Frankly, this piece of writing is long overdue, and to be truthful, it has been sitting in my draft box for quite some time now. However, the time has really come to catch up with you. The difficult part is that I feel we've been out of touch for so long I'm not really sure where to start.
Currently, I am teaching American literature at Colegio Internacional de Guatemala. To say the least, the job has really been an eye-opener in terms of understanding just how profound the divide between the wealthy and poor here really is. Getting blackberry-obsessed sixteen year olds remotely interested in English literature has been a challenge to say the least. Perhaps it's just that they are sixteen, but more often, these sixteen year olds have never been exposed to their own countryside--the one in which infant mortality and respiratory diseases are among the highest in the Central America and the rest of the world, because open cooking fires pollute homes. Certainly, my students have seen the beaches, tourist attractions and grandiose Mayan ruins located in Tikal. (If you're interested, this is the incredible jungle where Episode VI of Star Wars was filmed with the Ewoks). But understanding just how cyclic the poverty in their country remains, or how desperately lacking the access is to healthcare in the highlands, is another concept entirely.
I have had the opportunity to enlighten a few of my 150 students by chaperoning their chance to work as medical translators with HELPS International--the nonprofit I have always been a part of with here. In March, I completed my 14th medical team, the last three of which were accompanied by my students. It is encouraging to sit back and allow them to experience their people in an entirely new way. They return to school enlivened, and determined to create change. They make me hopeful for Guatemala, knowing that they, quite literally, are the future. While adolescents now, they will become the country's stakeholders--those who eventually take over the family business and control the circles of money among the elite.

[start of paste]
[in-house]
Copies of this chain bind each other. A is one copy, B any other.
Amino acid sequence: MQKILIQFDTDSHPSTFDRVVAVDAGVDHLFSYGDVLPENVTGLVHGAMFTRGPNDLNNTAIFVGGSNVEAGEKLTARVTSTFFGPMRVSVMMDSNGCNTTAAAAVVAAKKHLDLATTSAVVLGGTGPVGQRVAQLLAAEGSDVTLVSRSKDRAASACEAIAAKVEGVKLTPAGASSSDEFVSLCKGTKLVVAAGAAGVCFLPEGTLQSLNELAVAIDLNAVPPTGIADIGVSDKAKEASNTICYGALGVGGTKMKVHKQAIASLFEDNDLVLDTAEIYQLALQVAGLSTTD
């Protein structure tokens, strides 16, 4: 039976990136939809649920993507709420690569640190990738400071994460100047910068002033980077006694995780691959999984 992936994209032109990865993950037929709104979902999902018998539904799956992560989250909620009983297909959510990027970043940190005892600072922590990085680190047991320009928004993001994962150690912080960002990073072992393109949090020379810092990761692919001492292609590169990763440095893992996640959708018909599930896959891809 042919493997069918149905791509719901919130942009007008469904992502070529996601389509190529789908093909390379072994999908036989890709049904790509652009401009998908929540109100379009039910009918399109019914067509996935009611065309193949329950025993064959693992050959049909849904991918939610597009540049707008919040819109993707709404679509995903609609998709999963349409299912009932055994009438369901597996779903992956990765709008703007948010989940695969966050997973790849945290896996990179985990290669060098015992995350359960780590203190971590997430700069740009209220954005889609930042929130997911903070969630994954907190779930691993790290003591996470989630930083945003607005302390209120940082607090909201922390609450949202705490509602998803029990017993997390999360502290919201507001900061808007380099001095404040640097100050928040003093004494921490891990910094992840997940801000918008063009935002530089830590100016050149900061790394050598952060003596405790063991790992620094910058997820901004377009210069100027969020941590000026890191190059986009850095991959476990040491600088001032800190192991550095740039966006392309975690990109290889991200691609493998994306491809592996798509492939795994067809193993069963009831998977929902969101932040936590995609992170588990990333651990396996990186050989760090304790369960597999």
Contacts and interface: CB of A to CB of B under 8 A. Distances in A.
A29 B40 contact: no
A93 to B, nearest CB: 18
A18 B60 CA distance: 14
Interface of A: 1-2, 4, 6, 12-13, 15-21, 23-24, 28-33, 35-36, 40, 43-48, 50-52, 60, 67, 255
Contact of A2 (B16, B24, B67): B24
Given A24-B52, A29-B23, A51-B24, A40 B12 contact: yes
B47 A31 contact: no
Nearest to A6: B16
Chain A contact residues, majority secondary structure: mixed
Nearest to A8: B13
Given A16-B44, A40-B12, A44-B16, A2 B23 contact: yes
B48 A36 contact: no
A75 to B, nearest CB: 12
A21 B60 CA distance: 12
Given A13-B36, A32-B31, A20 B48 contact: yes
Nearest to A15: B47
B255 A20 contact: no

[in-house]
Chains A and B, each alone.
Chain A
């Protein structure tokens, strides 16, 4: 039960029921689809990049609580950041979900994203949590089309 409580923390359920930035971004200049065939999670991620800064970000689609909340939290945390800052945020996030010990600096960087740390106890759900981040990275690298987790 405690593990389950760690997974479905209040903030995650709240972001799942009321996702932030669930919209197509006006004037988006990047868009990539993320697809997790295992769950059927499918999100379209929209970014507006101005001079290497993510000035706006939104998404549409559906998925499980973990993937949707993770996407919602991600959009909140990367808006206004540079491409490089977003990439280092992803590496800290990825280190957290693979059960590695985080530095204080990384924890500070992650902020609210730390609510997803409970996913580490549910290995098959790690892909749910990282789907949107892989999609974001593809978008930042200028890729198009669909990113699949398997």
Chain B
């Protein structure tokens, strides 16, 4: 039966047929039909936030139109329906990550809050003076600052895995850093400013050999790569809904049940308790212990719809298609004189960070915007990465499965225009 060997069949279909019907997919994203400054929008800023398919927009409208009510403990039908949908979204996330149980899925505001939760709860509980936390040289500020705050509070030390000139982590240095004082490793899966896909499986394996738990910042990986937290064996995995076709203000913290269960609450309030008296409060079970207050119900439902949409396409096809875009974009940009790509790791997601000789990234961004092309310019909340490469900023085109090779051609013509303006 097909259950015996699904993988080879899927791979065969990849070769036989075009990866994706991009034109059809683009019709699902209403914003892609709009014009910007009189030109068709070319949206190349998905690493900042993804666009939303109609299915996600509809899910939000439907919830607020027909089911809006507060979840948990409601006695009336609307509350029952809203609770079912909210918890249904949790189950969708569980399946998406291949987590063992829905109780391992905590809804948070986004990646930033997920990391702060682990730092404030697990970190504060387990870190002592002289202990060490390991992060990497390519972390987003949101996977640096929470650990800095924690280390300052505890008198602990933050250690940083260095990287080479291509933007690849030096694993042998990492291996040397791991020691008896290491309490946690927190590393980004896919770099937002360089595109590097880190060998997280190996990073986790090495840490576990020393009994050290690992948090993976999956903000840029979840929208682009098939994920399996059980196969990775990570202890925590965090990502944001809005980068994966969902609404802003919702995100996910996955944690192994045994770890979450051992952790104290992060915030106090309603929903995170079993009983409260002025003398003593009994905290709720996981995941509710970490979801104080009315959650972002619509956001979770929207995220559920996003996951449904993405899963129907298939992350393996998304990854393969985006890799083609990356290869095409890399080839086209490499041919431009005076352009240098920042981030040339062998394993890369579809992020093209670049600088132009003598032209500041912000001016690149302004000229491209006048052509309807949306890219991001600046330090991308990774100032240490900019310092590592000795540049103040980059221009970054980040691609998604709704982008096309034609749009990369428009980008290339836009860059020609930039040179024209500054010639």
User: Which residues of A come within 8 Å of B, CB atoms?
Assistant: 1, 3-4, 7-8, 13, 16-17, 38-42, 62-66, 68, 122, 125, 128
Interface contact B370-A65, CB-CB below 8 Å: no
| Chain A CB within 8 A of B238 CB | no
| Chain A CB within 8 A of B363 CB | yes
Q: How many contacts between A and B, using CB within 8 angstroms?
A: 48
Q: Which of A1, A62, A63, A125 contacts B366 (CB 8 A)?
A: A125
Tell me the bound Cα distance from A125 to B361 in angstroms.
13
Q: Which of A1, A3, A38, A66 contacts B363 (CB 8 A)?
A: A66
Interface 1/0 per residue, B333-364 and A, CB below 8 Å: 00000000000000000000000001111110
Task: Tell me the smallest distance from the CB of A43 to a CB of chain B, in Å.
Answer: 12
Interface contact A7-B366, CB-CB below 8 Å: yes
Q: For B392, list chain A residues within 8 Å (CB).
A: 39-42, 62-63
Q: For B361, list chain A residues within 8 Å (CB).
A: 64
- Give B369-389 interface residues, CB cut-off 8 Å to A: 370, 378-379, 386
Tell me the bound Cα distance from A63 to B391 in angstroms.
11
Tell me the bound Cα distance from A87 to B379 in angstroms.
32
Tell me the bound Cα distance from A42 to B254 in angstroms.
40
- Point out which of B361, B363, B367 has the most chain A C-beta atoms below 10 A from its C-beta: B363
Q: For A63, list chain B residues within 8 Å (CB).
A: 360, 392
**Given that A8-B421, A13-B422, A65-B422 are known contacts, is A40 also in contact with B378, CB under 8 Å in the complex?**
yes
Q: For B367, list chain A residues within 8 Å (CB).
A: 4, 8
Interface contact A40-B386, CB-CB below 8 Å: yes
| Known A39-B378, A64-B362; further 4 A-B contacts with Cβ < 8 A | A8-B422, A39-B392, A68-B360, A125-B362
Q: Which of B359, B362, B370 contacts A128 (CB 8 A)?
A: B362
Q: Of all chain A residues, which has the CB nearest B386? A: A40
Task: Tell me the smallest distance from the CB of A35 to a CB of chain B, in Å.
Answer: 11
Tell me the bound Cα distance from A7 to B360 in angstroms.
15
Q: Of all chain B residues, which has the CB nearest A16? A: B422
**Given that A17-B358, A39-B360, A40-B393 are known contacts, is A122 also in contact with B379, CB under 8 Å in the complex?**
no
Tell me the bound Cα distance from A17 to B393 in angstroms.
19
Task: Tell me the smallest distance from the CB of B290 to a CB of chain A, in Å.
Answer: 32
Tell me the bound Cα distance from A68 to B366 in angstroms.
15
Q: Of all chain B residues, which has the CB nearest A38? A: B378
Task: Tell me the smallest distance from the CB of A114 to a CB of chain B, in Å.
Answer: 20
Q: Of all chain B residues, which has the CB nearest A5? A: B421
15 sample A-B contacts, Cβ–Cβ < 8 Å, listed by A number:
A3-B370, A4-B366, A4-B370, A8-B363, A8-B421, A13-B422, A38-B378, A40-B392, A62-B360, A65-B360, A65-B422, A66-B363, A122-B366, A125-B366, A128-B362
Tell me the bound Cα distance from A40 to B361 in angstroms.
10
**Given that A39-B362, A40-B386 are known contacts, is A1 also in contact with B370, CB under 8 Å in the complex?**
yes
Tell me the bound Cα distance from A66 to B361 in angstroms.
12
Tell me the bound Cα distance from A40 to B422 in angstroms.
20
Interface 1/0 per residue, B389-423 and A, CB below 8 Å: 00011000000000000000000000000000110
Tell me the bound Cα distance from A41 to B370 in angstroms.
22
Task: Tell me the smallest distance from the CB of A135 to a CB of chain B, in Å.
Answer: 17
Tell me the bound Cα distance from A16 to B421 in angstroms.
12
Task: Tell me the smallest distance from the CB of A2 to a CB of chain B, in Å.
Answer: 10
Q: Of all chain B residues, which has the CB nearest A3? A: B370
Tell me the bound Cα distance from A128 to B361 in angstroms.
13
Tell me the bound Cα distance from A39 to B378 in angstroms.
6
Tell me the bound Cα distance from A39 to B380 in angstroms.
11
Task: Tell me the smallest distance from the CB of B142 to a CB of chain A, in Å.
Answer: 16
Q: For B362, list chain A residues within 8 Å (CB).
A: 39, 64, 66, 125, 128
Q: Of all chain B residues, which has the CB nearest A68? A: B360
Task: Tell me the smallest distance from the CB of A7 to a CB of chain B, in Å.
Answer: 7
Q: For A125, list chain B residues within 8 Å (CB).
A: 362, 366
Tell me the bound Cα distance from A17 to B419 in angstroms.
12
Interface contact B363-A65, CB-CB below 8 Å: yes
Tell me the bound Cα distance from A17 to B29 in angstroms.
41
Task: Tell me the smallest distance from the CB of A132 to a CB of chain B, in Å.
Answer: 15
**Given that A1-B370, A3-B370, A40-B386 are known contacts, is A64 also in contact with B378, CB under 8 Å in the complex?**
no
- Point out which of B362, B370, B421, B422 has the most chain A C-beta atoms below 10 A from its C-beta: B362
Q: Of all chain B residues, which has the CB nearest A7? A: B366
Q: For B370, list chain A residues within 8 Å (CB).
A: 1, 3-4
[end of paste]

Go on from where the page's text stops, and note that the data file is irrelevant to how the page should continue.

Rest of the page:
Really, my school has a variety of families; some kids are picked up in Toyota Corollas with the hub caps missing, others jump into Escalades with their armed body guards following behind in a Volkswagen Jetta. Fortunately, none of the kids at my school are sent there with body guards during the day, but it is not an uncommon practice at many other schools with other families. What most homes and schools do have, however, are small armies of housekeepers, gardeners or janitors. Experiencing the country's lower class serve the elite in friends homes still makes me uncomfortable. I suppose the discomfort comes from either my midwestern work ethic or my inevitable and unavoidable theories of the American dream, but it is different than having a cleaning lady come to help once a week. My boyfriend has a housekeep who came from the area in which their coffee farm is located, and who lives in the house with them. Sabina has her own room, but it is a humble space. She laughs and feels like the grandmother of the family, but having someone tell me "my breakfast was served" while I was living with them for the first month or so was strange. It is a constant reminder of the class divide here. And, of course, I am a de facto member of the upper class because I am both American and in a relationship with someone who comes from a wealthy family.
I can understand, however, just how easy it is to forget the realities of the country's poor. Aside from the dingy, dirty and dangerous half, the portion of Guatemala City in which I live is filled with restaurants and coffee shops and many of the houses mimic the beauty of Spanish architecture. I live in a fully furnished apartment with its own parking space. But the difference between my neighborhood and, say, Uptown Minneapolis is that I use three separate keys to enter my apartment, and its door lies behind two, tall security gates. Oh, and I can't walk to any coffee shops nor would I ever imagine biking or taking the city bus. The only time I walk anywhere is in the morning on my way to the school bus stop around six (that's right, I take the school bus with my students to school). Even then, there isn't a morning that I don't hear more than one car horn or that I am unaware of just who is walking within my vicinity. I don't have a fancy cell phone, nor do I wear jewelry that even appears expensive on my way to school. And this is the nicest part of town.
I love to escape to what I call "my Guatemala"--the highlands. I relate to those in the highlands in a simple, but more human way. There, people are more concerned about tortillas and firewood than the latest deal on iPods and Blackberrys; though frustrating and tragic, the simplicity is also refreshing. These experiences remind me to maintain my humility and remember where I come from. While I am sometimes discouraged by my students apparent lack of interest in my class, I go the highlands to remember that my life isn't so terrible. I don't plant corn by hand. I don't pick coffee for a living. Working as a medical translator makes my effort feel worthwhile and like I am part of a true change.